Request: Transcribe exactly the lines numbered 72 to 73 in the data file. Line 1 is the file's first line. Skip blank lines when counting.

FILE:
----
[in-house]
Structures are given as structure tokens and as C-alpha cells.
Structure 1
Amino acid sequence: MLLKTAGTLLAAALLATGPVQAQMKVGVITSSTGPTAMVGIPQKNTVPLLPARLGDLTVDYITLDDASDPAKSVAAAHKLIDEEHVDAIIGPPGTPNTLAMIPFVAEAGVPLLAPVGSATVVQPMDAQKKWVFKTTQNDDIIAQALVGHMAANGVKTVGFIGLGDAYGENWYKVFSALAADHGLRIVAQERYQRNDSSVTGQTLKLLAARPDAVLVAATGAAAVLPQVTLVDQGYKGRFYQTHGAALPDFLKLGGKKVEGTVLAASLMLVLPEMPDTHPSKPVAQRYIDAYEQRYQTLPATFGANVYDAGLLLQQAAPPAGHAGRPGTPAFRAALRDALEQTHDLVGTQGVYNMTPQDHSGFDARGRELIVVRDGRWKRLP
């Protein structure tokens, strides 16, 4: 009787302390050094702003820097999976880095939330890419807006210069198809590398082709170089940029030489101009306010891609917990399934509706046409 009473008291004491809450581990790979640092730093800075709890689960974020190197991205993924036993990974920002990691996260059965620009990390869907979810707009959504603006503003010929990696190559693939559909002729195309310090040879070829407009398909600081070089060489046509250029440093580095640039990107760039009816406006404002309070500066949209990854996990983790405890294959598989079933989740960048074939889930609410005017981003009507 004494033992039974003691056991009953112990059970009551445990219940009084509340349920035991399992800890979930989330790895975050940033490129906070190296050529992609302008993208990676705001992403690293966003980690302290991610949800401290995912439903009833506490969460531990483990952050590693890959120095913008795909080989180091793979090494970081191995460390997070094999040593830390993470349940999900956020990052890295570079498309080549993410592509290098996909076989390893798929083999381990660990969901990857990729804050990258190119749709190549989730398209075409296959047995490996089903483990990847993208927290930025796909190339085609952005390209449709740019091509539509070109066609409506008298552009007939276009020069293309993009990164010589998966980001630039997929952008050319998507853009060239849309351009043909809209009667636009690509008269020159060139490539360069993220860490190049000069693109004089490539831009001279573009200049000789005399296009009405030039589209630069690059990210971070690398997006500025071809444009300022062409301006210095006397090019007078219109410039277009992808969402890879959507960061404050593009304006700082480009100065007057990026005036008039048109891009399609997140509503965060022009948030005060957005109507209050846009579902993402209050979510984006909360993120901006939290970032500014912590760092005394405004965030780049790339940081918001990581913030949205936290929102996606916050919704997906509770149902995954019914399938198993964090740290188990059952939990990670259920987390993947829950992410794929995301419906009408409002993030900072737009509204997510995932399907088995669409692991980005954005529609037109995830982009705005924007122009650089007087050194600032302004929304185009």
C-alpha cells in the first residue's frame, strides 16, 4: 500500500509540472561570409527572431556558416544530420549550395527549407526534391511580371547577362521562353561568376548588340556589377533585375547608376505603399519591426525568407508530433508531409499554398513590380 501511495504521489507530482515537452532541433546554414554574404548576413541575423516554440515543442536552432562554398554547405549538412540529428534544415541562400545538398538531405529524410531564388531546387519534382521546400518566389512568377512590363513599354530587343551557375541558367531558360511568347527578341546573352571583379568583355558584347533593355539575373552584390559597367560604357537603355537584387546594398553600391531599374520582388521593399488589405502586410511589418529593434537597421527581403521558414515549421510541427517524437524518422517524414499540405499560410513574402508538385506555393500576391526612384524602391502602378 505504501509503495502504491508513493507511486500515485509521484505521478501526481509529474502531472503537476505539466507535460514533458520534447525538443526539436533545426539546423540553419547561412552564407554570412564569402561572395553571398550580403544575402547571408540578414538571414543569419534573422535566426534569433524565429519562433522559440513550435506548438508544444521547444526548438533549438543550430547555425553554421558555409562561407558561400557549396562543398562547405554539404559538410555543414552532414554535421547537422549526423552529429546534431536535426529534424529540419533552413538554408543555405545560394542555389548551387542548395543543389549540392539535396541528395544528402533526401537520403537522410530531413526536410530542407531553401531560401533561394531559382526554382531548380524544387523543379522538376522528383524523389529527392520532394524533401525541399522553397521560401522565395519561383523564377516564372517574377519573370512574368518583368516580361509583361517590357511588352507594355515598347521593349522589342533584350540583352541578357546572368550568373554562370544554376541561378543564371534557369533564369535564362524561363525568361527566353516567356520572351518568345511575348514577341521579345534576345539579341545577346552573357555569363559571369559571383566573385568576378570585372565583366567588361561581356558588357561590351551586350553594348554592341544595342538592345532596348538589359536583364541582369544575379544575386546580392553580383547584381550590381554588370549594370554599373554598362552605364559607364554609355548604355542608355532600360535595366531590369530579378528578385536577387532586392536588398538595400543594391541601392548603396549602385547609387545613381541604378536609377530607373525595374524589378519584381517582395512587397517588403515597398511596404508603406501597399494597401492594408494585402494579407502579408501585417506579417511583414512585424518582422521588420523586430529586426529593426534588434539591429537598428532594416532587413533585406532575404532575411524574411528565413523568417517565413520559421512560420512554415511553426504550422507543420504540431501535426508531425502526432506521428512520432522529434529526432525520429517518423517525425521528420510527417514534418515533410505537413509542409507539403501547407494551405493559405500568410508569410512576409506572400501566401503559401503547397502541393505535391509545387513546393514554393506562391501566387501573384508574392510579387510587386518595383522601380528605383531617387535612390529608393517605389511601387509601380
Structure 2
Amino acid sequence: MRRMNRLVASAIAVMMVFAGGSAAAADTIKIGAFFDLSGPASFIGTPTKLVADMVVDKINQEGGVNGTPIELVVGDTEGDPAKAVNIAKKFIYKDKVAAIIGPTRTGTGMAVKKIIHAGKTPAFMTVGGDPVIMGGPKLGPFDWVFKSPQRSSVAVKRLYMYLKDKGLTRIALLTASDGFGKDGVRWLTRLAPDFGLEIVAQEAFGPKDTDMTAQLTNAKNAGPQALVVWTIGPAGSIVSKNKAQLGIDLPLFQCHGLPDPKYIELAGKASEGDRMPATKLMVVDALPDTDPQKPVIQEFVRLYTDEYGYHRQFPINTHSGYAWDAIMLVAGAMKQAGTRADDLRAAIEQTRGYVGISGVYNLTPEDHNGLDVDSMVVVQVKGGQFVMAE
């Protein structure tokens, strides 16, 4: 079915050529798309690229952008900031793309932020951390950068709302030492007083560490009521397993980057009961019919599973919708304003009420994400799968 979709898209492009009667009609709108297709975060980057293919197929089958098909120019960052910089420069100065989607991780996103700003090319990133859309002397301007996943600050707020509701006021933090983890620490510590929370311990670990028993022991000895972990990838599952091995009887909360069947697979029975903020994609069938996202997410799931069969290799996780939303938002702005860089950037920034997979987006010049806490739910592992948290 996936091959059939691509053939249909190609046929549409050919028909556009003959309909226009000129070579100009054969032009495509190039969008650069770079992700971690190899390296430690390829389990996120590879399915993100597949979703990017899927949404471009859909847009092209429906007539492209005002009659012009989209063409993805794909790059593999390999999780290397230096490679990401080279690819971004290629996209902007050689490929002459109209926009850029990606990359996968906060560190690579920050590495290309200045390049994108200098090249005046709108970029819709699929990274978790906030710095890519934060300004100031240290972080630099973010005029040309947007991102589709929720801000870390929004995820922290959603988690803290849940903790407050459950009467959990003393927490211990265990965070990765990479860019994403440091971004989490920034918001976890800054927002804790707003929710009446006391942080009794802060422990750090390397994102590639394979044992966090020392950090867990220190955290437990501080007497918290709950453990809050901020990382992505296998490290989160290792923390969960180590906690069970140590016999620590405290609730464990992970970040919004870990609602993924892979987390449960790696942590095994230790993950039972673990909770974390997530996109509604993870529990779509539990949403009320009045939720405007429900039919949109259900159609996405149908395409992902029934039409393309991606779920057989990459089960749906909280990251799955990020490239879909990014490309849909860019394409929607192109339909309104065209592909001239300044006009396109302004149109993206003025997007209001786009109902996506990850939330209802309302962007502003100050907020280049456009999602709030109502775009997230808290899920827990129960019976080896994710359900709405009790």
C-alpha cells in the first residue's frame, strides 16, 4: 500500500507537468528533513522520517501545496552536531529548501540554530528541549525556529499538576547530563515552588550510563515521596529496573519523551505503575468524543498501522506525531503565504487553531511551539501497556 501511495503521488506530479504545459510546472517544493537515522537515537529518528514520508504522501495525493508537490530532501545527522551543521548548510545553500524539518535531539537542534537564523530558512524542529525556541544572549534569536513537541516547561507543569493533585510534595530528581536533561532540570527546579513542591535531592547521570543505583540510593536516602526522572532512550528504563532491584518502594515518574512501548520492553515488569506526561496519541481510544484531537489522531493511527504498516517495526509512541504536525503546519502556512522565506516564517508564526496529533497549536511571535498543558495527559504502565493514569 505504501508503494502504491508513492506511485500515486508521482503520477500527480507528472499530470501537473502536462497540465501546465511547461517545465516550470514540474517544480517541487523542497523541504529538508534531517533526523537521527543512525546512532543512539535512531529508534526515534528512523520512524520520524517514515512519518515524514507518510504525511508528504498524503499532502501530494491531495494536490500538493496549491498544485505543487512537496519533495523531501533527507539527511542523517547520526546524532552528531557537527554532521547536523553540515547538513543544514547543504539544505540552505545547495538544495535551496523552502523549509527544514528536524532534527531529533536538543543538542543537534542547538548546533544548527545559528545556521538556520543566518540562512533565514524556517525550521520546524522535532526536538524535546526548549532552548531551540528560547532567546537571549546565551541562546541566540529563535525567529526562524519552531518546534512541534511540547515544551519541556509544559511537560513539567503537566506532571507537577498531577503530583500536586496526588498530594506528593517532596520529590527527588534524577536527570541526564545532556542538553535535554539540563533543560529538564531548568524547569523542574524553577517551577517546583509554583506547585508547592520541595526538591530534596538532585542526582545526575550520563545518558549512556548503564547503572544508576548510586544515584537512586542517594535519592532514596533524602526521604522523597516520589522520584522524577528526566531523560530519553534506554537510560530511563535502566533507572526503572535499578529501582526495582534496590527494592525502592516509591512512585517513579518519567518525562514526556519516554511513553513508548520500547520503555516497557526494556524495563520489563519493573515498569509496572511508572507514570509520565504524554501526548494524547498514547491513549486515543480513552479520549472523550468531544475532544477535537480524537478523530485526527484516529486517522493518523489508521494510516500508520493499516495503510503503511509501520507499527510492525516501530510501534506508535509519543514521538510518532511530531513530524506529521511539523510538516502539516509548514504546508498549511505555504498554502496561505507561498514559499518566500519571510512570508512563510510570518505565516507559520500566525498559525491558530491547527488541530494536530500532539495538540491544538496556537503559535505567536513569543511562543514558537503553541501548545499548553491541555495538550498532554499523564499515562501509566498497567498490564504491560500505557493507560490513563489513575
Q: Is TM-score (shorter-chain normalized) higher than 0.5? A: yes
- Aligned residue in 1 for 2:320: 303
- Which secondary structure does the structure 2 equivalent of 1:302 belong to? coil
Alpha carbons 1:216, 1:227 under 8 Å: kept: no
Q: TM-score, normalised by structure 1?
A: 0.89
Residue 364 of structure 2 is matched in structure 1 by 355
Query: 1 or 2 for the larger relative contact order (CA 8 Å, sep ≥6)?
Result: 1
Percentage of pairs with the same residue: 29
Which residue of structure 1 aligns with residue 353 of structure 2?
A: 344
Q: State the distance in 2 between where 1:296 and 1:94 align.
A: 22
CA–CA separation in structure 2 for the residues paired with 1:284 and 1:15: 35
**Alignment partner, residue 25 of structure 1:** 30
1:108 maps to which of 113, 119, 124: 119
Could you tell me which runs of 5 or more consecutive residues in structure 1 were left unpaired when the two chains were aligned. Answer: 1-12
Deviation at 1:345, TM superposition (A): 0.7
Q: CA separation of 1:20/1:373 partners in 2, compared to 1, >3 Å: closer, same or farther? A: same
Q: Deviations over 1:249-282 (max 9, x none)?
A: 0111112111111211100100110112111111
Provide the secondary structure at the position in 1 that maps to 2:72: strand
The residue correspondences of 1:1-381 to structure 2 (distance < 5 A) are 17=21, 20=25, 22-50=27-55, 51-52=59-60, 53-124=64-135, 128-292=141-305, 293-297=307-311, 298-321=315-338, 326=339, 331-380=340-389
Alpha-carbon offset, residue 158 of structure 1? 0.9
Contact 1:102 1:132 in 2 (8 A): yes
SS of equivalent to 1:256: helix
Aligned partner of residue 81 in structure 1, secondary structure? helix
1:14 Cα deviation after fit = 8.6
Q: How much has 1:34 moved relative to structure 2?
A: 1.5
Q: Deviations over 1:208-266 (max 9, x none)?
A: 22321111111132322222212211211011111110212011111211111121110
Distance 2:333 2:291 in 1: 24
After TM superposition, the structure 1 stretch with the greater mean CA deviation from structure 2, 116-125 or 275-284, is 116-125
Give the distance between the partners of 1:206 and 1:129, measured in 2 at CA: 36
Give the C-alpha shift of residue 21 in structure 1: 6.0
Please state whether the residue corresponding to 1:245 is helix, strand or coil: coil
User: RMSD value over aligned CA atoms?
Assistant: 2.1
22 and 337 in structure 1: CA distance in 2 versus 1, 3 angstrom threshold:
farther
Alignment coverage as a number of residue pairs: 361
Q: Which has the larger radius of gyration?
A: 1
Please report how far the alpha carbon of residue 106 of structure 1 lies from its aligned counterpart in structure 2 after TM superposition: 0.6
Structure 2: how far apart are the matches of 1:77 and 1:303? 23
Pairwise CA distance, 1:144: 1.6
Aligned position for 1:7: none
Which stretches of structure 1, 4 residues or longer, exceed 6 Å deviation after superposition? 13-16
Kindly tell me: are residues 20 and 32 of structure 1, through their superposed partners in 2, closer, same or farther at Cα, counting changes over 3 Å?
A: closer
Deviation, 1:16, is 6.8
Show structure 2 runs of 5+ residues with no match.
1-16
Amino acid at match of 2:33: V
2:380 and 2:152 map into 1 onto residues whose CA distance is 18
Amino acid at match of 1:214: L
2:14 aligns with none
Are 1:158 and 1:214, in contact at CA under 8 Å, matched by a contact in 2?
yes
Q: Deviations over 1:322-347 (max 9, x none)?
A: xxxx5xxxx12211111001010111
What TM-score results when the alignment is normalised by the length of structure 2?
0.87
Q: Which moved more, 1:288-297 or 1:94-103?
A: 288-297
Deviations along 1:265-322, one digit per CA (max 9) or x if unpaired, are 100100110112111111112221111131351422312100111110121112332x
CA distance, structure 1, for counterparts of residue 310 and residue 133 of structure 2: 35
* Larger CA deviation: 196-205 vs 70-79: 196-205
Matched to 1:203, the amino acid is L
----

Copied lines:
Q: Deviations over 1:322-347 (max 9, x none)?
A: xxxx5xxxx12211111001010111